Feb 24, 2018 | By Lizzy Bowring
From headline-grabbing fashion stories to S/S16 fashion campaigns to your local high street store: the great genderless debate is everywhere.
A quick scroll of Instagram shows male models rocking floral print kick flared suits as well as pussy-bow blouses and skirts, and women in loose fitting, over-sized trousers teamed with a men’s suit jacket.
How did we end up here? With gender fluidity in fashion being one of the biggest conversations of 2016?
Well, it’s not that surprising actually. Women have been borrowing from men’s wardrobes for decades (Yves Saint Laurent’s stunning ‘Le Smoking’; Iris Apfel’s triumphant 1940’s foray into jeans-for-girls), so nobody batted an Avirex bomber jacket when the baggy boyfriend jean, the sloppy boyfriend knit and a slew of over-sized jackets went the 21st century way of the tuxedo and became a womenswear favourite.
With artists and fashion designers expressing notions of fluid sexuality and non-binary gender in their work, these ideas are gradually homogenised from the persecuted fringes of society and translated for mass consumption by magazine editors, fashion bloggers and stylists, keen to celebrate this new diversity with shoots, editorials, articles and blog posts a go-go. In a world that increasingly appears to be on the brink of a new era of regressive conservatism, we should arguably celebrate every freedom we currently enjoy… just in case.
Because of all this, social media, blogs and more- this new gender conversation feels like it’s being embraced on a bigger scale and globally. Unlike fashion fads before it, this feels like it is not just the preserve of art school experimenters, tooth-pick thin and donning more-than-just-a-cuban-heel and a bit of boho chic in the wake of Gucci’s new aesthetic.
This conversation, is different, it is bigger, because it is against the backdrop of an emerging, new breed of male; who is born out of the noughties Metrosexual phenomenon that saw men take conscious control of their image and shrug off the pretense that they didn’t care how they looked. This ‘new butch’, (which was, just a few years ago ‘a bit gay’) has been effectively marketed as the new and acceptable face of ‘normality’.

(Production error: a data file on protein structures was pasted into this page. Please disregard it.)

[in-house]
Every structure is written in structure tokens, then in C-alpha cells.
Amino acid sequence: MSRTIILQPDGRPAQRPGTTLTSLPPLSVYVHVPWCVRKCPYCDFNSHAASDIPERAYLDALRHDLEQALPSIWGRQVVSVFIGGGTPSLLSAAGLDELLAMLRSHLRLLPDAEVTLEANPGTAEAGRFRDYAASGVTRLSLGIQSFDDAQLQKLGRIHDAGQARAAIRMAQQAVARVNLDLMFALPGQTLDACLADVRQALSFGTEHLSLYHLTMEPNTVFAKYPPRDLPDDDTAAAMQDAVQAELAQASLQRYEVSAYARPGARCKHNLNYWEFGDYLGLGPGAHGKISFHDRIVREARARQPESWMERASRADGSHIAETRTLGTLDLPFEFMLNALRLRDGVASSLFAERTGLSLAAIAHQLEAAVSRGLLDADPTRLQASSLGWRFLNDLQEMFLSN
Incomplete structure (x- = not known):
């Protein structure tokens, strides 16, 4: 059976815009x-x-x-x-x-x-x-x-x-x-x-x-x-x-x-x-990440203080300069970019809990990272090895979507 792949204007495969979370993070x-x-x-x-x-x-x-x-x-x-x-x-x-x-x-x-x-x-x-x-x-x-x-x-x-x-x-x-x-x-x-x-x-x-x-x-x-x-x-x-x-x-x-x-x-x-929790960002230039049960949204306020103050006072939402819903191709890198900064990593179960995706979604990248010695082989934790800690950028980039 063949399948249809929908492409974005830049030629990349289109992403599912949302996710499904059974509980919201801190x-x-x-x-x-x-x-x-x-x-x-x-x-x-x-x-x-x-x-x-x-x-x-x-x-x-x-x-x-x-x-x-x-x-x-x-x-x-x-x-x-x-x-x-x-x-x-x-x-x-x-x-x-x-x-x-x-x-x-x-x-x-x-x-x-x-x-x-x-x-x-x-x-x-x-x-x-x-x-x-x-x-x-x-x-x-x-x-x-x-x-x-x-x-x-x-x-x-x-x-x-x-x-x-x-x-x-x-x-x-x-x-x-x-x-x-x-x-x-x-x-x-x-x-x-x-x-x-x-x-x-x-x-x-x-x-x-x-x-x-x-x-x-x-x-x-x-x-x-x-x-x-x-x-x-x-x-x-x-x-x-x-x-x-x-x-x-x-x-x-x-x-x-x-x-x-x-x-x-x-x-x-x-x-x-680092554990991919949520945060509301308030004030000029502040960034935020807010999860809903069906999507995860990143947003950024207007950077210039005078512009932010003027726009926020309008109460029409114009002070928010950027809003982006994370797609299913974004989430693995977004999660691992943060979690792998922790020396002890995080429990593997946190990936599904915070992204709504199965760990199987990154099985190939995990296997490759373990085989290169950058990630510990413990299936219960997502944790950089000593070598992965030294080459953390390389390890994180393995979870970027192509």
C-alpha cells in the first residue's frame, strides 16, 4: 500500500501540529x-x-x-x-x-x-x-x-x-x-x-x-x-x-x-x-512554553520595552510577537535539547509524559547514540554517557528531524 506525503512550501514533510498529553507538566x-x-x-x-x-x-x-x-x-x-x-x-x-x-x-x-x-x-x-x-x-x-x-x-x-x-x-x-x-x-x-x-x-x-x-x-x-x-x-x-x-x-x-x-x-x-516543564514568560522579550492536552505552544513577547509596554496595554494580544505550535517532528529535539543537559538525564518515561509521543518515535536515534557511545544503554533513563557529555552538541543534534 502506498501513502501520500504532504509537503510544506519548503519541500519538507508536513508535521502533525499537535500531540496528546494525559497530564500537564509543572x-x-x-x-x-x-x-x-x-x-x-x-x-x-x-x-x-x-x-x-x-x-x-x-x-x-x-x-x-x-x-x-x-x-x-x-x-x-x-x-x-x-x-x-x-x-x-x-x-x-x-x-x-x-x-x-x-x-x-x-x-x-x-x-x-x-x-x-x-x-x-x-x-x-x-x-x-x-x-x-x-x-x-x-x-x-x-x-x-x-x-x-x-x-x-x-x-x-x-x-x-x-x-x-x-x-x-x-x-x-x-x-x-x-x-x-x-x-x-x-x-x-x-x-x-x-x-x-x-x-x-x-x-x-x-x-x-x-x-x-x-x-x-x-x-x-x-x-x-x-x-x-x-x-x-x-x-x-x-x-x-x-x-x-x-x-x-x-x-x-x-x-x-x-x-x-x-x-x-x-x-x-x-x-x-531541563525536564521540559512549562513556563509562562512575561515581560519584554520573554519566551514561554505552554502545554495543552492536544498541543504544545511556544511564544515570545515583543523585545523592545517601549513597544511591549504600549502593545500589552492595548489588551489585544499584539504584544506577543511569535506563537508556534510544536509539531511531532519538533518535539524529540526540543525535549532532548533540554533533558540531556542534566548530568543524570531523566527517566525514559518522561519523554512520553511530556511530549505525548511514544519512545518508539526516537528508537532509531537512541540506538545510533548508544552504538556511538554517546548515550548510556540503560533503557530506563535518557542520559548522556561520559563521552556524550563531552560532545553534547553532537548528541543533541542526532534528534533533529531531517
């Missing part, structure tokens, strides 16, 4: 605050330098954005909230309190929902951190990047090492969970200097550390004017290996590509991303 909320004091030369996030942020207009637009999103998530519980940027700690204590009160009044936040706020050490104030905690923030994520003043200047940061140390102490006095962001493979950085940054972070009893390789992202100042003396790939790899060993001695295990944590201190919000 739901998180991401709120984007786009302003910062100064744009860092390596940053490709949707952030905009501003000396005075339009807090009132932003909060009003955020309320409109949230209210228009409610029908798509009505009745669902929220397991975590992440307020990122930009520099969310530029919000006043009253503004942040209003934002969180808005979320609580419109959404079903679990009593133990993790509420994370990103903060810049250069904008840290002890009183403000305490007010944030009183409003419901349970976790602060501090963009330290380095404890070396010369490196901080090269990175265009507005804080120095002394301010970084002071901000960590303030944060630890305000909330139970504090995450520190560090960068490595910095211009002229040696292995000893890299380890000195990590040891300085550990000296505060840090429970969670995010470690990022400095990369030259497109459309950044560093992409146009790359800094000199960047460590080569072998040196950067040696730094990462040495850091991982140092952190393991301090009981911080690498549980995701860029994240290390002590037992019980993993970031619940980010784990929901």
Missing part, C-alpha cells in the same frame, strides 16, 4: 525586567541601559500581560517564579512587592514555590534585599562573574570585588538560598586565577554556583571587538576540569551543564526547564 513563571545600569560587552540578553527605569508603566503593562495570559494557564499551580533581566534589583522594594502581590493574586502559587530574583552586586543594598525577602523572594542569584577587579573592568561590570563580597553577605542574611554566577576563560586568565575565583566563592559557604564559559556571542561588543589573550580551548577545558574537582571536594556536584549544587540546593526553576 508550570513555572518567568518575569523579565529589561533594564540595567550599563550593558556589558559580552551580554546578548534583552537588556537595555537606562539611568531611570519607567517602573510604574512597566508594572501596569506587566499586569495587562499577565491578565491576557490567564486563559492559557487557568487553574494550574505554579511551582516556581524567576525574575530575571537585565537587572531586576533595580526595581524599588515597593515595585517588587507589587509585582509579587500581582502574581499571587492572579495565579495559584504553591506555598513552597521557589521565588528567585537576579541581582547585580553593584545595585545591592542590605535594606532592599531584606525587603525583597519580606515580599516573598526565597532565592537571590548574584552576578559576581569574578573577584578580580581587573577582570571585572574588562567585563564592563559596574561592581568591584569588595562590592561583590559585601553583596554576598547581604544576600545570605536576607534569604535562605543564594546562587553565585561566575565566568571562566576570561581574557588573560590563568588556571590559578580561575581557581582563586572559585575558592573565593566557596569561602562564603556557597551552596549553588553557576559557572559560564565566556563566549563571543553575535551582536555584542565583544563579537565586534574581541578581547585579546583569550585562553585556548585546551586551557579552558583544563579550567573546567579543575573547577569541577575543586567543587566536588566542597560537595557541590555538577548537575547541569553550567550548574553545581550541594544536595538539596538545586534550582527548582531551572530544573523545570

Why does this matter? Well, from a very young age, boys are taught to cling resolutely to this notion of normal masculinity, for fear of being marked out as weak or effeminate. However, while ‘new butch’ still bears a striking ironic resemblance to a Tom of Finland drawing, it’s easy to see that it is, frankly, poles apart from the one we are seeing in the media at the moment; the one whose forefathers are Placebo’s Brian Molko, Suede’s Brett Anderson, David Bowie, Prince and the New York Dolls. Now, this incarnation, this masculinity version 3.0 is one that strives to move past the contrived and into an era where we stop seeing gender and just see people.
However, as lovely as all that sounds, it’s not even going to matter much beyond the trendier inner-city enclaves, nor will it carry much truck on provincial streets on a Saturday night. Why? Because most men’s fashion will remain safely within the realms of the same comfortable and familiar themes that most men love – utility, military, sporty, traditional workwear and the sartorial expression of tailoring. The thing is, no-one needs to worry about the straight, white, middle-class, western male; he’s doing just fine! There’s plenty of room for the balance to be redressed still more, without that burgeoning demographic being threatened at all.
No, something else drastically needs to change at the same time as the amount of floral prints it’s ok for a guy to wear in one outfit, or just how much décolletage a wide-necked top can show if you’re gifted with the Y chromosome – it’s about tolerance and it’s a mindset. Not all men will want to dress this way and no-one is saying they have to, it’s just time to stop belittling and threatening those who do. Because they are not threat to anyone else’s masculinity.
I really want to believe that the big genderless story isn’t just another fad but is another milestone, another flag in the ground that we’ll look back on as a step towards a time where young people don’t grow up shamed for wanting an identity that society isn’t comfortable with. It’s possible to conceive a time when we stop seeing men’s and women’s clothes and just see style.
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